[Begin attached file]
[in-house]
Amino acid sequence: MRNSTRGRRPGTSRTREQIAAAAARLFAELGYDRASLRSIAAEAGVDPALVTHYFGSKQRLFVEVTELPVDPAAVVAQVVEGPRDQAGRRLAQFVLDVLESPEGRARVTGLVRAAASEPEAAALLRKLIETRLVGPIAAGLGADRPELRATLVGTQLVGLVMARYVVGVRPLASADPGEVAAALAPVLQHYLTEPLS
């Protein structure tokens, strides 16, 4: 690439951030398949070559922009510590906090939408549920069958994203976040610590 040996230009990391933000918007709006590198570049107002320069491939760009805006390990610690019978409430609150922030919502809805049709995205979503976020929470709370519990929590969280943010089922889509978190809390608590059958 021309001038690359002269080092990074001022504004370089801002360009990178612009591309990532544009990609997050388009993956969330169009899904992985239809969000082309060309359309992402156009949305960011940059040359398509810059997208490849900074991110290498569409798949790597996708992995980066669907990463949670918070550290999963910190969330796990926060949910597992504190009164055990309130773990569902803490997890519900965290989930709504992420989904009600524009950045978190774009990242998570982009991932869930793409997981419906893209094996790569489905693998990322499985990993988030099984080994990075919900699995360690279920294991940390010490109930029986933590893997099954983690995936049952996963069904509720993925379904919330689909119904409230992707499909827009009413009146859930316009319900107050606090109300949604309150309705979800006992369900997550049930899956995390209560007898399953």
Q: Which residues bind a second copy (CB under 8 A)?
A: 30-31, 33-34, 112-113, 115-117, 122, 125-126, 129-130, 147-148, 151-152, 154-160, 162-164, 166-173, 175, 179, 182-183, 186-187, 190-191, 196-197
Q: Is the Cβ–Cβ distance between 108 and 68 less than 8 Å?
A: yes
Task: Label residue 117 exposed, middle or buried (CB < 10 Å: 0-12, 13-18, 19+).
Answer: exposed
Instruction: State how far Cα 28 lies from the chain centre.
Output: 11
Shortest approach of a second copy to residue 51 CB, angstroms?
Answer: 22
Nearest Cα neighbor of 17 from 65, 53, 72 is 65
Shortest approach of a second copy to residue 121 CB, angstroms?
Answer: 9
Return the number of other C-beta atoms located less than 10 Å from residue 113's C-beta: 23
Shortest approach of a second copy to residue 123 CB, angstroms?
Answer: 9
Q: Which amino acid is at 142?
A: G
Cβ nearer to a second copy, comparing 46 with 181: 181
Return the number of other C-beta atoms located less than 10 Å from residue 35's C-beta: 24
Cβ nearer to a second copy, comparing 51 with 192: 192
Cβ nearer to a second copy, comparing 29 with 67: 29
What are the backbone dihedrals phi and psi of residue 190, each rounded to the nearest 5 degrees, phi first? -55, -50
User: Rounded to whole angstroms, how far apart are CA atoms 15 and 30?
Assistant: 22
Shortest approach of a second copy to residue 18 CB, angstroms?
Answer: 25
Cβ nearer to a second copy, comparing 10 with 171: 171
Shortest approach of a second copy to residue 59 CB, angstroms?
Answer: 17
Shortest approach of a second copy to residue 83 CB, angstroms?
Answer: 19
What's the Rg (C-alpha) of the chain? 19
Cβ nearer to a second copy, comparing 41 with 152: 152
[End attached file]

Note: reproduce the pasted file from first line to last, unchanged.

[in-house]
Amino acid sequence: MRNSTRGRRPGTSRTREQIAAAAARLFAELGYDRASLRSIAAEAGVDPALVTHYFGSKQRLFVEVTELPVDPAAVVAQVVEGPRDQAGRRLAQFVLDVLESPEGRARVTGLVRAAASEPEAAALLRKLIETRLVGPIAAGLGADRPELRATLVGTQLVGLVMARYVVGVRPLASADPGEVAAALAPVLQHYLTEPLS
């Protein structure tokens, strides 16, 4: 690439951030398949070559922009510590906090939408549920069958994203976040610590 040996230009990391933000918007709006590198570049107002320069491939760009805006390990610690019978409430609150922030919502809805049709995205979503976020929470709370519990929590969280943010089922889509978190809390608590059958 021309001038690359002269080092990074001022504004370089801002360009990178612009591309990532544009990609997050388009993956969330169009899904992985239809969000082309060309359309992402156009949305960011940059040359398509810059997208490849900074991110290498569409798949790597996708992995980066669907990463949670918070550290999963910190969330796990926060949910597992504190009164055990309130773990569902803490997890519900965290989930709504992420989904009600524009950045978190774009990242998570982009991932869930793409997981419906893209094996790569489905693998990322499985990993988030099984080994990075919900699995360690279920294991940390010490109930029986933590893997099954983690995936049952996963069904509720993925379904919330689909119904409230992707499909827009009413009146859930316009319900107050606090109300949604309150309705979800006992369900997550049930899956995390209560007898399953």
Q: Which residues bind a second copy (CB under 8 A)?
A: 30-31, 33-34, 112-113, 115-117, 122, 125-126, 129-130, 147-148, 151-152, 154-160, 162-164, 166-173, 175, 179, 182-183, 186-187, 190-191, 196-197
Q: Is the Cβ–Cβ distance between 108 and 68 less than 8 Å?
A: yes
Task: Label residue 117 exposed, middle or buried (CB < 10 Å: 0-12, 13-18, 19+).
Answer: exposed
Instruction: State how far Cα 28 lies from the chain centre.
Output: 11
Shortest approach of a second copy to residue 51 CB, angstroms?
Answer: 22
Nearest Cα neighbor of 17 from 65, 53, 72 is 65
Shortest approach of a second copy to residue 121 CB, angstroms?
Answer: 9
Return the number of other C-beta atoms located less than 10 Å from residue 113's C-beta: 23
Shortest approach of a second copy to residue 123 CB, angstroms?
Answer: 9
Q: Which amino acid is at 142?
A: G
Cβ nearer to a second copy, comparing 46 with 181: 181
Return the number of other C-beta atoms located less than 10 Å from residue 35's C-beta: 24
Cβ nearer to a second copy, comparing 51 with 192: 192
Cβ nearer to a second copy, comparing 29 with 67: 29
What are the backbone dihedrals phi and psi of residue 190, each rounded to the nearest 5 degrees, phi first? -55, -50
User: Rounded to whole angstroms, how far apart are CA atoms 15 and 30?
Assistant: 22
Shortest approach of a second copy to residue 18 CB, angstroms?
Answer: 25
Cβ nearer to a second copy, comparing 10 with 171: 171
Shortest approach of a second copy to residue 59 CB, angstroms?
Answer: 17
Shortest approach of a second copy to residue 83 CB, angstroms?
Answer: 19
What's the Rg (C-alpha) of the chain? 19
Cβ nearer to a second copy, comparing 41 with 152: 152